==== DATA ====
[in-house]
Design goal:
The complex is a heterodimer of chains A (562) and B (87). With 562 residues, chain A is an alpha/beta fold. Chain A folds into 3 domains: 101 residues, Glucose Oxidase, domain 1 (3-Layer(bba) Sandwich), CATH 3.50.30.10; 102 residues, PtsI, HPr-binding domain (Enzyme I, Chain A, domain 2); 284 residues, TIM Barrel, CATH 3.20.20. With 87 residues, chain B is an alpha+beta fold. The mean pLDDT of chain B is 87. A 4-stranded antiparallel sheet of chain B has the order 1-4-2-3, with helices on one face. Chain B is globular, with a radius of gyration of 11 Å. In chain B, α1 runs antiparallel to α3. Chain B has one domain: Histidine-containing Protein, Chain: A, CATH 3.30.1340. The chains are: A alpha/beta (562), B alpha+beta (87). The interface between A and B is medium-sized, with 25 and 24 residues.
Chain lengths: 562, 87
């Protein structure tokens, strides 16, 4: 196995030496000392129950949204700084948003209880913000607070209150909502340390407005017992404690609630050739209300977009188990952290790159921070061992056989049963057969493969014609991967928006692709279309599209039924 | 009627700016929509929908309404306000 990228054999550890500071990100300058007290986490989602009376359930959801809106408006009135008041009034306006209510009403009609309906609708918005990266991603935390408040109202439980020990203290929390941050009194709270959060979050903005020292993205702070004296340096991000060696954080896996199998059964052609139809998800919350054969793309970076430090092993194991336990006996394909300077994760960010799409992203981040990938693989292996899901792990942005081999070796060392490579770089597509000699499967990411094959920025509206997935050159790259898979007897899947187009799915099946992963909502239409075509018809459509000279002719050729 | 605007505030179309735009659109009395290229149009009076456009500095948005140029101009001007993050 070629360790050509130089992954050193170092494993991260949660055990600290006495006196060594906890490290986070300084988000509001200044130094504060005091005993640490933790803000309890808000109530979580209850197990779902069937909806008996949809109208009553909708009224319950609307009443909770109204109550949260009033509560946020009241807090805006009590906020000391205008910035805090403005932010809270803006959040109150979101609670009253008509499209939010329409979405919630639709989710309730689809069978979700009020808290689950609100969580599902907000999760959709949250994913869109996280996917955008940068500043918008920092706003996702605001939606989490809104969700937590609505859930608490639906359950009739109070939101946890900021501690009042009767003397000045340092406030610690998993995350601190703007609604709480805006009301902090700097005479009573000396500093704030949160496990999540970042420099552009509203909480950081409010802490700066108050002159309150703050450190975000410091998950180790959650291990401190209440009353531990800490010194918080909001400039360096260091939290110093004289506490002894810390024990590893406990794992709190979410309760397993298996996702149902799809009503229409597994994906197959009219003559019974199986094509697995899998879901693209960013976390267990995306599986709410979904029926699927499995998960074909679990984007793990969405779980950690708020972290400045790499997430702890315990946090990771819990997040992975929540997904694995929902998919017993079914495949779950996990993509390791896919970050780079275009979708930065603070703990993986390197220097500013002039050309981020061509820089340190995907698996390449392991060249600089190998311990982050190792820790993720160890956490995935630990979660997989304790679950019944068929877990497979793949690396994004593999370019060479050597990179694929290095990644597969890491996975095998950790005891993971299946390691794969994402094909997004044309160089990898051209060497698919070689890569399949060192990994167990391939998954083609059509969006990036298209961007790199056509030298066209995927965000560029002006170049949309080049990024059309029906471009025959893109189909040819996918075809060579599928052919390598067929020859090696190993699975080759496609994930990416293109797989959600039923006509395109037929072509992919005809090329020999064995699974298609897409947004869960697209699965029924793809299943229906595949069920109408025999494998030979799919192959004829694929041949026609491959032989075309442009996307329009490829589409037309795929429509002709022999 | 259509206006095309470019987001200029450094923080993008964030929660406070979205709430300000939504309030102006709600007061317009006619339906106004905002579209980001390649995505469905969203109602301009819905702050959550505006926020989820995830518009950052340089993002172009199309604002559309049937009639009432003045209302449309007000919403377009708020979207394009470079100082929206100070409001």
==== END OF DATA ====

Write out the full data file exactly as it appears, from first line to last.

[in-house]
Design goal:
The complex is a heterodimer of chains A (562) and B (87). With 562 residues, chain A is an alpha/beta fold. Chain A folds into 3 domains: 101 residues, Glucose Oxidase, domain 1 (3-Layer(bba) Sandwich), CATH 3.50.30.10; 102 residues, PtsI, HPr-binding domain (Enzyme I, Chain A, domain 2); 284 residues, TIM Barrel, CATH 3.20.20. With 87 residues, chain B is an alpha+beta fold. The mean pLDDT of chain B is 87. A 4-stranded antiparallel sheet of chain B has the order 1-4-2-3, with helices on one face. Chain B is globular, with a radius of gyration of 11 Å. In chain B, α1 runs antiparallel to α3. Chain B has one domain: Histidine-containing Protein, Chain: A, CATH 3.30.1340. The chains are: A alpha/beta (562), B alpha+beta (87). The interface between A and B is medium-sized, with 25 and 24 residues.
Chain lengths: 562, 87
């Protein structure tokens, strides 16, 4: 196995030496000392129950949204700084948003209880913000607070209150909502340390407005017992404690609630050739209300977009188990952290790159921070061992056989049963057969493969014609991967928006692709279309599209039924 | 009627700016929509929908309404306000 990228054999550890500071990100300058007290986490989602009376359930959801809106408006009135008041009034306006209510009403009609309906609708918005990266991603935390408040109202439980020990203290929390941050009194709270959060979050903005020292993205702070004296340096991000060696954080896996199998059964052609139809998800919350054969793309970076430090092993194991336990006996394909300077994760960010799409992203981040990938693989292996899901792990942005081999070796060392490579770089597509000699499967990411094959920025509206997935050159790259898979007897899947187009799915099946992963909502239409075509018809459509000279002719050729 | 605007505030179309735009659109009395290229149009009076456009500095948005140029101009001007993050 070629360790050509130089992954050193170092494993991260949660055990600290006495006196060594906890490290986070300084988000509001200044130094504060005091005993640490933790803000309890808000109530979580209850197990779902069937909806008996949809109208009553909708009224319950609307009443909770109204109550949260009033509560946020009241807090805006009590906020000391205008910035805090403005932010809270803006959040109150979101609670009253008509499209939010329409979405919630639709989710309730689809069978979700009020808290689950609100969580599902907000999760959709949250994913869109996280996917955008940068500043918008920092706003996702605001939606989490809104969700937590609505859930608490639906359950009739109070939101946890900021501690009042009767003397000045340092406030610690998993995350601190703007609604709480805006009301902090700097005479009573000396500093704030949160496990999540970042420099552009509203909480950081409010802490700066108050002159309150703050450190975000410091998950180790959650291990401190209440009353531990800490010194918080909001400039360096260091939290110093004289506490002894810390024990590893406990794992709190979410309760397993298996996702149902799809009503229409597994994906197959009219003559019974199986094509697995899998879901693209960013976390267990995306599986709410979904029926699927499995998960074909679990984007793990969405779980950690708020972290400045790499997430702890315990946090990771819990997040992975929540997904694995929902998919017993079914495949779950996990993509390791896919970050780079275009979708930065603070703990993986390197220097500013002039050309981020061509820089340190995907698996390449392991060249600089190998311990982050190792820790993720160890956490995935630990979660997989304790679950019944068929877990497979793949690396994004593999370019060479050597990179694929290095990644597969890491996975095998950790005891993971299946390691794969994402094909997004044309160089990898051209060497698919070689890569399949060192990994167990391939998954083609059509969006990036298209961007790199056509030298066209995927965000560029002006170049949309080049990024059309029906471009025959893109189909040819996918075809060579599928052919390598067929020859090696190993699975080759496609994930990416293109797989959600039923006509395109037929072509992919005809090329020999064995699974298609897409947004869960697209699965029924793809299943229906595949069920109408025999494998030979799919192959004829694929041949026609491959032989075309442009996307329009490829589409037309795929429509002709022999 | 259509206006095309470019987001200029450094923080993008964030929660406070979205709430300000939504309030102006709600007061317009006619339906106004905002579209980001390649995505469905969203109602301009819905702050959550505006926020989820995830518009950052340089993002172009199309604002559309049937009639009432003045209302449309007000919403377009708020979207394009470079100082929206100070409001």